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Cloud Services with Windows Azure : Windows Azure Storage

4/16/2011 3:35:51 PM
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Windows Azure provides the following set of storage services (collectively referred to as Windows Azure Storage), each of which is suitable for different types of data access requirements:
  • Tables provide structured storage, as they do in regular databases. Essentially, each table consists of a set of data entities that each contain a set of properties.

  • Queues provide reliable storage and delivery of messages. They are often used between roles to communicate with each other.

  • Blobs are used to store large binary objects (files). They provide a simple interface for storing named files along with metadata and include support for CDN (Content Delivery Network).

  • Windows Azure Drives provide durable NTFS volumes for Windows Azure applications.

Windows Azure Storage supplies a managed API and a REST API, both of which essentially provide the same level of functionality. The managed API is provided through the Microsoft.WindowsAzure.StorageClient namespace. To interact with the storage services, you can also use familiar programming interfaces, such as ADO.NET Data Services (available in the .NET framework version 3.5 SP1).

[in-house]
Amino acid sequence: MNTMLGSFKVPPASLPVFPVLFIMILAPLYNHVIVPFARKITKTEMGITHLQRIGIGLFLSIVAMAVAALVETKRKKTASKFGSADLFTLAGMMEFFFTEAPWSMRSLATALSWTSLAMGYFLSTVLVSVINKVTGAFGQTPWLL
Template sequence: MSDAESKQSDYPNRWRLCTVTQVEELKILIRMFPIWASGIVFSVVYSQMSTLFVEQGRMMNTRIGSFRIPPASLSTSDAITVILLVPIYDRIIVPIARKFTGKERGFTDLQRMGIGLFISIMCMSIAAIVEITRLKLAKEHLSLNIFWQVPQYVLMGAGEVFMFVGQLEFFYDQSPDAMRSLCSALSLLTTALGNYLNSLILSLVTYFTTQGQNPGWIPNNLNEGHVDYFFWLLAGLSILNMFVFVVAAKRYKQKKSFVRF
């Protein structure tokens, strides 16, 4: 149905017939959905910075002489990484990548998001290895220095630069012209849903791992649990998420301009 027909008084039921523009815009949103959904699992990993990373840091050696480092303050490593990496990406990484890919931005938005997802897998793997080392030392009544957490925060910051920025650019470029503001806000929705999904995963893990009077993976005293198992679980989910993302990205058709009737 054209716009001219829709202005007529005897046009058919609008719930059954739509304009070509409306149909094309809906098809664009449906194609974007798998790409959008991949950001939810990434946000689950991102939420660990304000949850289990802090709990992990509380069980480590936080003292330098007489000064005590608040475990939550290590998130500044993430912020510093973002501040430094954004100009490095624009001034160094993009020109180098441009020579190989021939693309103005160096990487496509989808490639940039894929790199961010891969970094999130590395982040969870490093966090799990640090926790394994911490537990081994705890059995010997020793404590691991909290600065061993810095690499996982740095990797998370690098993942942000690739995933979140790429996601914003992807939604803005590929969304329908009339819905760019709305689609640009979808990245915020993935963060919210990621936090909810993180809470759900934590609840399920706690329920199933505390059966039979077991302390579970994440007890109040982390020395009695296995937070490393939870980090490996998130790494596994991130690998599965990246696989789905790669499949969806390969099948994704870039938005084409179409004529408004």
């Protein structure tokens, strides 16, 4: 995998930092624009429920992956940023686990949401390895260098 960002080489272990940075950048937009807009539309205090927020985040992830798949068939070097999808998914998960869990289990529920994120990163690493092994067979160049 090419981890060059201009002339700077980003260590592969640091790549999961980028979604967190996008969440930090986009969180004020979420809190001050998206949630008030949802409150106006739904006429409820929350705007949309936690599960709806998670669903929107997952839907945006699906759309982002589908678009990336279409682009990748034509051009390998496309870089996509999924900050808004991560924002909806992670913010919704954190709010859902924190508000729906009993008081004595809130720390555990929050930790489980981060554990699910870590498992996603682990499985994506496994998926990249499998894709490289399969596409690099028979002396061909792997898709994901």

Note that access to storage is regulated via Windows Azure Storage accounts that use 256-bit secret keys. Also, there are some storage size limitations. For example, each storage account will have a maximum 100 terabytes of total storage capacity.


Windows Azure Tables (WATs) are similar to relational tables insofar as they both are used to store structured data. However, it’s important to understand that WAT storage is not a relational database management system for the cloud (that’s what SQL Azure is for). In other words, there is no support for common database features, such as joins, aggregates, stored procedures, or indexes.

WATs were built primarily to realize scalability, availability, and durability of data. Individual tables can be scaled to billions of entities (rows) with data totaling into the order of terabytes. Part of the scaling algorithm is that as application traffic and usage grows, WATs will automatically scale out to potentially tens, to hundreds, to thousands of servers. With regards to availability, each WAT is replicated at least three times.

Entities and Properties

Windows Azure Storage introduces some specific terminology and relationships for WATs:

  • You create a storage account, each of which can have multiple tables.

  • Data stored within a table is organized into entities. A database row is comparable to an entity.

  • Each entity contains a set of properties. A database column is comparable to a property.

  • A table is comprised of a set of entities, each of which is comprised of a set of properties.